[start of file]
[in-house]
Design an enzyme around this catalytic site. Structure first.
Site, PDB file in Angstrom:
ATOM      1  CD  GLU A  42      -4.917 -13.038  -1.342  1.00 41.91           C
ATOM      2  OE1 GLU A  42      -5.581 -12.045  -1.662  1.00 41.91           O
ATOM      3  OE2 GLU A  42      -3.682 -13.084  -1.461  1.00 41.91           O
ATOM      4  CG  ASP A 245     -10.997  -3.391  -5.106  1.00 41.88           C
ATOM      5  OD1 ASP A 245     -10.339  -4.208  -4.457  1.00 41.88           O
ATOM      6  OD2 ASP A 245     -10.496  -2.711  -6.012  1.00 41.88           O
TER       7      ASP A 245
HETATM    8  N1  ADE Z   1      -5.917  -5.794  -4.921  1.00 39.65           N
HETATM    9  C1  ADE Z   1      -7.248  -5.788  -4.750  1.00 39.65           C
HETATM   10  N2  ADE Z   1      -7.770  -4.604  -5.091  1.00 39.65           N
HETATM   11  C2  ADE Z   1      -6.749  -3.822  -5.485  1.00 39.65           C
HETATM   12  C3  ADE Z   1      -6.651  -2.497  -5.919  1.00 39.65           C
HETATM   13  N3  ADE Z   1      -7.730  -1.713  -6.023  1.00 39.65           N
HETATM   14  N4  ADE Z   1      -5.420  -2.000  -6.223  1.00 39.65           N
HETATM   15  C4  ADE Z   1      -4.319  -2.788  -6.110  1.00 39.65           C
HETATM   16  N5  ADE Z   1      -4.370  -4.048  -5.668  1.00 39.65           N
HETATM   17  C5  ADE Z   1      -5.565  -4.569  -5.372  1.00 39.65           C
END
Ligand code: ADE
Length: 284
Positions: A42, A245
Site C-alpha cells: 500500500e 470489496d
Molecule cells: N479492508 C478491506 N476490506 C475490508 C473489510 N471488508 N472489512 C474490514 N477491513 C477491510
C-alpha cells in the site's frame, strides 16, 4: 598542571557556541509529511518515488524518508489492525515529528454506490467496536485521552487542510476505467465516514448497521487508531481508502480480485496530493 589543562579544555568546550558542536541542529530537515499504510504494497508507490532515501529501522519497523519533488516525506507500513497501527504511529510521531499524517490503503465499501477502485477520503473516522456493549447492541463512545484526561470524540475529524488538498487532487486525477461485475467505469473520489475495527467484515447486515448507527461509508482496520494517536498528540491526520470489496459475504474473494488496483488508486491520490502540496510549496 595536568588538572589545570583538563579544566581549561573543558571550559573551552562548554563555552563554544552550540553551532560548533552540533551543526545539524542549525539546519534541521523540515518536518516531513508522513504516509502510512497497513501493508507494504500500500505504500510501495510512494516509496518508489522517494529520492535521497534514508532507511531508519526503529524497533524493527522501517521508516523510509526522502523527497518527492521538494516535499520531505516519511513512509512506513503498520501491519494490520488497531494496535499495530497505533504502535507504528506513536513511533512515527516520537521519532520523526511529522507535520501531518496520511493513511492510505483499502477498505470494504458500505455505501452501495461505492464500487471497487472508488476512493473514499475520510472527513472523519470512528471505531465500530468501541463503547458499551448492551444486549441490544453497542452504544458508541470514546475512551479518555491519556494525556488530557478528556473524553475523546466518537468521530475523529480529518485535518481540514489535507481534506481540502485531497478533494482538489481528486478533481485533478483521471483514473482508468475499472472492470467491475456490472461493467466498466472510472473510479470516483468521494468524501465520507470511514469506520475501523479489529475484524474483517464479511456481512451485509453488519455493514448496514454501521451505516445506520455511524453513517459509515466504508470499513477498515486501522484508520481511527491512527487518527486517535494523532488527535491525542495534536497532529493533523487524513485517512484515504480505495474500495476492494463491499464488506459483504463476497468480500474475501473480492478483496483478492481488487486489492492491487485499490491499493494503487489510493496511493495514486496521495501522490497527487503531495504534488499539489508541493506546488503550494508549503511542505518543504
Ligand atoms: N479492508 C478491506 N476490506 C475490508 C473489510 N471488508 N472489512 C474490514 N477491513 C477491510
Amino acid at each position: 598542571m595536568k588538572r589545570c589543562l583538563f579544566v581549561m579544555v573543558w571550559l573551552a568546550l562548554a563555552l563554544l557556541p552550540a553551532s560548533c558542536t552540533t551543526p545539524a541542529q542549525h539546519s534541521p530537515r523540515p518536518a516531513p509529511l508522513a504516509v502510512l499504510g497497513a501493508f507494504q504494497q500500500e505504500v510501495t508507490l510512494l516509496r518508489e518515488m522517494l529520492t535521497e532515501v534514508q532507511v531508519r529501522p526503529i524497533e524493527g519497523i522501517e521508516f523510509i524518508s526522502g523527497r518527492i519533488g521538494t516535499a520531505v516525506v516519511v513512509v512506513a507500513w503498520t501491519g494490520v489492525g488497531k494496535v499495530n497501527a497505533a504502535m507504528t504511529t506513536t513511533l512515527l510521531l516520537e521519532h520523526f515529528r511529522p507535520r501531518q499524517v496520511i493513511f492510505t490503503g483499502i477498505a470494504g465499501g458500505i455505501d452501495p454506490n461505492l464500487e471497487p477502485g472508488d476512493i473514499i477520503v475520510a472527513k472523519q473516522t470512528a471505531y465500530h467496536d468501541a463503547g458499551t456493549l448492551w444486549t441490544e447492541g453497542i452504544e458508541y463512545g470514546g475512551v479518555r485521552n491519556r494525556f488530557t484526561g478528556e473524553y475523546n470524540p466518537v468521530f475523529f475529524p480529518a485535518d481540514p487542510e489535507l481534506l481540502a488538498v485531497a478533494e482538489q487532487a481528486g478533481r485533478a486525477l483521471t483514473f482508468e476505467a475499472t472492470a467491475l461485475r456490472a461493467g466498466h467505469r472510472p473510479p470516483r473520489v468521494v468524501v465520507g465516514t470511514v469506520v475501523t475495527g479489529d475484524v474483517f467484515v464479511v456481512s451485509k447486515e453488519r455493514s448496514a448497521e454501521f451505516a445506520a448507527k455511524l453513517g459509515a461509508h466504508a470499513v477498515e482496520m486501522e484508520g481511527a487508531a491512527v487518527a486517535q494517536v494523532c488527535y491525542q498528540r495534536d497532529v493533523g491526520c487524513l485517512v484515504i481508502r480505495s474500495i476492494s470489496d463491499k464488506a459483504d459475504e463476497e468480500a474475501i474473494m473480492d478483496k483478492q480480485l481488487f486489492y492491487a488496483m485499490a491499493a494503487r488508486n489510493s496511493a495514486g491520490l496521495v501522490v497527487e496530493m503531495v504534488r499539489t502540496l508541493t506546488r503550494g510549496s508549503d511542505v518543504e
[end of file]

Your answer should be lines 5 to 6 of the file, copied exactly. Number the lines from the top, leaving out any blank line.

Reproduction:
ATOM      2  OE1 GLU A  42      -5.581 -12.045  -1.662  1.00 41.91           O
ATOM      3  OE2 GLU A  42      -3.682 -13.084  -1.461  1.00 41.91           O